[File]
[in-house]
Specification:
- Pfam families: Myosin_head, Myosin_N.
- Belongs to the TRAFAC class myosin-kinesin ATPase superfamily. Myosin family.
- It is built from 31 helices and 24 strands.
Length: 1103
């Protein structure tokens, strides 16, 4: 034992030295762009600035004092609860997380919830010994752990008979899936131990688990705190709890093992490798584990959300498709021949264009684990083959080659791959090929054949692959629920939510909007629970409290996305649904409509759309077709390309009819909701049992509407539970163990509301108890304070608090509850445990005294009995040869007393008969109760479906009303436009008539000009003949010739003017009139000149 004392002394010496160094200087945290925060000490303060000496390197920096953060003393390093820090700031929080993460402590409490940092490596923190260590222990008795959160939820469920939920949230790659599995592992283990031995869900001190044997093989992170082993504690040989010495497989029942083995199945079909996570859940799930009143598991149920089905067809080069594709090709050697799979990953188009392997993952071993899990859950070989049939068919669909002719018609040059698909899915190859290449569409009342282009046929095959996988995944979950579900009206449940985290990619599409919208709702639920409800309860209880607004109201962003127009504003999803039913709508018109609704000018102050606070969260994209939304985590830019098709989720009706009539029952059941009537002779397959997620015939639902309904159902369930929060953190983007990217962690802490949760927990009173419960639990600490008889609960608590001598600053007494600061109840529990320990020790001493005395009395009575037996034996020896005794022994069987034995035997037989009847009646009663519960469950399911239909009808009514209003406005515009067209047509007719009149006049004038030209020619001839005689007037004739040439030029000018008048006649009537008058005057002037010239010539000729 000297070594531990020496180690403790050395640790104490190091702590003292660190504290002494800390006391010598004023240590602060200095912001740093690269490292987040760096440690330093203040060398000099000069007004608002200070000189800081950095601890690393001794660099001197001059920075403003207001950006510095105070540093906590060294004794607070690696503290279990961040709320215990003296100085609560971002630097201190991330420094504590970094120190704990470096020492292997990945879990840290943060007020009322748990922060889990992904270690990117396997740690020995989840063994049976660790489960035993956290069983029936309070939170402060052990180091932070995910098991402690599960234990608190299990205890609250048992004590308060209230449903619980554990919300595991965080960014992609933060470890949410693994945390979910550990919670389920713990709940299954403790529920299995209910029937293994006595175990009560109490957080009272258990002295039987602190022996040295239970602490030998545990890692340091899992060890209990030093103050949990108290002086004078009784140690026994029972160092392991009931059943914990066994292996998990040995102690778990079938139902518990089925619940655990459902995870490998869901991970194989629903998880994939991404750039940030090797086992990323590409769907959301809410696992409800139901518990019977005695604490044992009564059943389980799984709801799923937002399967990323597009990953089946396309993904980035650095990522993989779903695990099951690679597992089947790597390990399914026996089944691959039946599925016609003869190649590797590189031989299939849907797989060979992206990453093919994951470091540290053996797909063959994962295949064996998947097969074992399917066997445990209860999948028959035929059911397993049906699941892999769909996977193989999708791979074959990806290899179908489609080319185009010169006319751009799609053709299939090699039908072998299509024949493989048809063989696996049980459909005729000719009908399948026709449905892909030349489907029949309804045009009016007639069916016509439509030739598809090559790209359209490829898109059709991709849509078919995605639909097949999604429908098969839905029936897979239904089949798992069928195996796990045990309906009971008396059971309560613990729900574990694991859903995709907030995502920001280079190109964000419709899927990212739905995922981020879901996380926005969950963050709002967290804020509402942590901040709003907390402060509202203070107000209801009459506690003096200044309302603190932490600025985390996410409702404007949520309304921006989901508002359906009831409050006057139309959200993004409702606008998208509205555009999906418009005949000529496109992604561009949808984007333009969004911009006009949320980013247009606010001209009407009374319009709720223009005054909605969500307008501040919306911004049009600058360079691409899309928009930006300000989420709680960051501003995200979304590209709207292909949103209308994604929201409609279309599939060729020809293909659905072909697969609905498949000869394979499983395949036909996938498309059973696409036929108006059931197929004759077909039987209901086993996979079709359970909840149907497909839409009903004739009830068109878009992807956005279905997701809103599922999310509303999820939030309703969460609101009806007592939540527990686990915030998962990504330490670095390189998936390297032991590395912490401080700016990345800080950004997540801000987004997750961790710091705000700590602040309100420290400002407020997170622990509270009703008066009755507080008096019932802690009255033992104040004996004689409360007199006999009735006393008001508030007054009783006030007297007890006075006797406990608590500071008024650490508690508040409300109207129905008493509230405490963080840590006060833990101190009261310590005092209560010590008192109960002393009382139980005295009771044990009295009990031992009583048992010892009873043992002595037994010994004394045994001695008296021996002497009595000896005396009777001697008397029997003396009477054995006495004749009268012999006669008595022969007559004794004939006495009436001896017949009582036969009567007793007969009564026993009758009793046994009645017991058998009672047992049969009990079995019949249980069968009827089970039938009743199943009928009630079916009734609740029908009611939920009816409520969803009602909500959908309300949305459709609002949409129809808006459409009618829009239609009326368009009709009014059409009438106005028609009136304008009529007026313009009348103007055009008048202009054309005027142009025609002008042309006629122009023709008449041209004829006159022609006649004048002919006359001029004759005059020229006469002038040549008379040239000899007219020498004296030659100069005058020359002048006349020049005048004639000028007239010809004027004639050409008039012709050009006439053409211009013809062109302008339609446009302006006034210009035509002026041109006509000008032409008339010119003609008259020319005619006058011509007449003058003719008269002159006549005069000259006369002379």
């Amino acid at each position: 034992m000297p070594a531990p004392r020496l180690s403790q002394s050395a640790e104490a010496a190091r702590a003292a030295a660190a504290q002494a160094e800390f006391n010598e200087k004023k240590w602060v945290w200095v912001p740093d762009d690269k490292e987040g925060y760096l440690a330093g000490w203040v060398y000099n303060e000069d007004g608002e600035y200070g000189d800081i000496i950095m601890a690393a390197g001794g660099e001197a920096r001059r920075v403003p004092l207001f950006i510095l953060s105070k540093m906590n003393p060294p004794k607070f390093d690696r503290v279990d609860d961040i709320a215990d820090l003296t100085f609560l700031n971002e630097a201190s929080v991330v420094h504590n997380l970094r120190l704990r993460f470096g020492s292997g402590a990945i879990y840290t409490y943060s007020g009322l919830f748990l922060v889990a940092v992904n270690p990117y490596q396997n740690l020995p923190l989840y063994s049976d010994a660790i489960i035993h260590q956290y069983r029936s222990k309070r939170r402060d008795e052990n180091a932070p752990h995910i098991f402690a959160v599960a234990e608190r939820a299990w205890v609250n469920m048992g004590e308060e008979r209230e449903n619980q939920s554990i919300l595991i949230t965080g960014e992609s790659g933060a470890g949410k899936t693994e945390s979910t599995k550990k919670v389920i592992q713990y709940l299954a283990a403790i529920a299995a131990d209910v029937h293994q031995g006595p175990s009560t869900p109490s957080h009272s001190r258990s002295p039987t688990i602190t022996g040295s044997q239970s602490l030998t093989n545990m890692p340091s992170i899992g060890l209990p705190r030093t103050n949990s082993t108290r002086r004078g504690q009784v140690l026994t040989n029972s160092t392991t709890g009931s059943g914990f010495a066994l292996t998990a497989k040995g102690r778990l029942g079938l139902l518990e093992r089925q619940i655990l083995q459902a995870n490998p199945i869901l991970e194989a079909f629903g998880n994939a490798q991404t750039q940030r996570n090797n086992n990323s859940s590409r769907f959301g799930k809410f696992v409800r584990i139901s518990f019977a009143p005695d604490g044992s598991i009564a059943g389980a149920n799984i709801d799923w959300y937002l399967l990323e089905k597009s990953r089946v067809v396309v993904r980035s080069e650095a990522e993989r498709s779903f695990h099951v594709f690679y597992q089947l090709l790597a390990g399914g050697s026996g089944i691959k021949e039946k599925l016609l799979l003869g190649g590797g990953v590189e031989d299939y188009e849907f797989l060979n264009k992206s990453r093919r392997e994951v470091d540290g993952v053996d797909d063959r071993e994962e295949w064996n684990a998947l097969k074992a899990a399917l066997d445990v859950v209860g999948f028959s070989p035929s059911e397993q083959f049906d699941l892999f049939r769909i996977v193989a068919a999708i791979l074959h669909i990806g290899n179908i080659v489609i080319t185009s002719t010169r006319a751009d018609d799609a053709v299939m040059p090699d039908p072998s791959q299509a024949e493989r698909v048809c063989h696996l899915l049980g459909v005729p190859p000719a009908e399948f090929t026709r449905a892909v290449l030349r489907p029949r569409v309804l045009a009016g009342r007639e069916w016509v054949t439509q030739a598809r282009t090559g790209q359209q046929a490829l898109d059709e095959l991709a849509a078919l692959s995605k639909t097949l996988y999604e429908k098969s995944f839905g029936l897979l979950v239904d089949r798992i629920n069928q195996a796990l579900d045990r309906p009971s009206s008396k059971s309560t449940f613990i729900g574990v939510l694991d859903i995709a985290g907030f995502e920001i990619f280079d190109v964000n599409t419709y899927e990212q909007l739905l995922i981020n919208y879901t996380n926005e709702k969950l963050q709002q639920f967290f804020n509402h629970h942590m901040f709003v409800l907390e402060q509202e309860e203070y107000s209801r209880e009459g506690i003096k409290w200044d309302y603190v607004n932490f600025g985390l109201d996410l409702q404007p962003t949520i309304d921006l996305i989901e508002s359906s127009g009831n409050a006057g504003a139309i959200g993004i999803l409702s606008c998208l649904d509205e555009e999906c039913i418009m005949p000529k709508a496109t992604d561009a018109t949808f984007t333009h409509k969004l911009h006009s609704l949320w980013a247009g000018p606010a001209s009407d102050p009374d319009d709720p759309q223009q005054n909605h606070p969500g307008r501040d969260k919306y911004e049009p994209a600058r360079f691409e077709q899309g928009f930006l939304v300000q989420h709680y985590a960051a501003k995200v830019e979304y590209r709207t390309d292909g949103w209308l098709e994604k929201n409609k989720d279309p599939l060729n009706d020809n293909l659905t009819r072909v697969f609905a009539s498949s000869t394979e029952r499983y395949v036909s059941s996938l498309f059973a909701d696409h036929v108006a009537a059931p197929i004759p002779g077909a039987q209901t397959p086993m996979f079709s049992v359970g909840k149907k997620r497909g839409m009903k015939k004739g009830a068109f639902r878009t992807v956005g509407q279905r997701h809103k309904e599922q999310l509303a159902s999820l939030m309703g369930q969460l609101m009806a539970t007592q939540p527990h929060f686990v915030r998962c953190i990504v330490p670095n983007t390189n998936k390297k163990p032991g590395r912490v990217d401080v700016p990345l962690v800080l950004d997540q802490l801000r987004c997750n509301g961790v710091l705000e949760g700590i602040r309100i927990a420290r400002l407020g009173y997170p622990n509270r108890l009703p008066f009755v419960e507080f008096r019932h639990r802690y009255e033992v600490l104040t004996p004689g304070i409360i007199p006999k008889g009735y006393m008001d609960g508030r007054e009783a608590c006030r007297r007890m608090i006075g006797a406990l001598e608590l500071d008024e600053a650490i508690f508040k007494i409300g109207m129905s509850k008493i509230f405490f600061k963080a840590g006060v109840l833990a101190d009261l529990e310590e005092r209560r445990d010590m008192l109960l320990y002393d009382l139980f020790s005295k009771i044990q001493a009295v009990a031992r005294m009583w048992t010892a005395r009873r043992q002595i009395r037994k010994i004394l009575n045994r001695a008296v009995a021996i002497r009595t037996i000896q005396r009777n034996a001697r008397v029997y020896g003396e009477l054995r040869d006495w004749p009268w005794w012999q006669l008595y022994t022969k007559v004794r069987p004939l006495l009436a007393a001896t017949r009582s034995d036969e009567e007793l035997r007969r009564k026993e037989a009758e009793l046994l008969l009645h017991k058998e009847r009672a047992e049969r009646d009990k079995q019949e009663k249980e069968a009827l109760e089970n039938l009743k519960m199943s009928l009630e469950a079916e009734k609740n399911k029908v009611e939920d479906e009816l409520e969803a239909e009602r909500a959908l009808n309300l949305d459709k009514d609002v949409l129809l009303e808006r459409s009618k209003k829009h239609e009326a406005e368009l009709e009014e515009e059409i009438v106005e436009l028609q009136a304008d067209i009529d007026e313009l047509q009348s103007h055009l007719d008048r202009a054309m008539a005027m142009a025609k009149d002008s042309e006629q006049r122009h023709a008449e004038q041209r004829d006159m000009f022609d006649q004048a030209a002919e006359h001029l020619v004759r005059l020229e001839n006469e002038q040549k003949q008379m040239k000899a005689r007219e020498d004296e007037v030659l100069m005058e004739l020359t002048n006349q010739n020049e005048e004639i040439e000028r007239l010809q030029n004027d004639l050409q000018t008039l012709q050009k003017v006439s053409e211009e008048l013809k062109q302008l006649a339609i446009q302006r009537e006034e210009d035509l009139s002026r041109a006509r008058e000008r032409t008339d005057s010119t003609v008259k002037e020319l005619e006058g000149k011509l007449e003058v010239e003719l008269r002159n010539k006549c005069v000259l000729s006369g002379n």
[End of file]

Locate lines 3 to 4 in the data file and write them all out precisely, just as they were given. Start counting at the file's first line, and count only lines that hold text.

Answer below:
- Pfam families: Myosin_head, Myosin_N.
- Belongs to the TRAFAC class myosin-kinesin ATPase superfamily. Myosin family.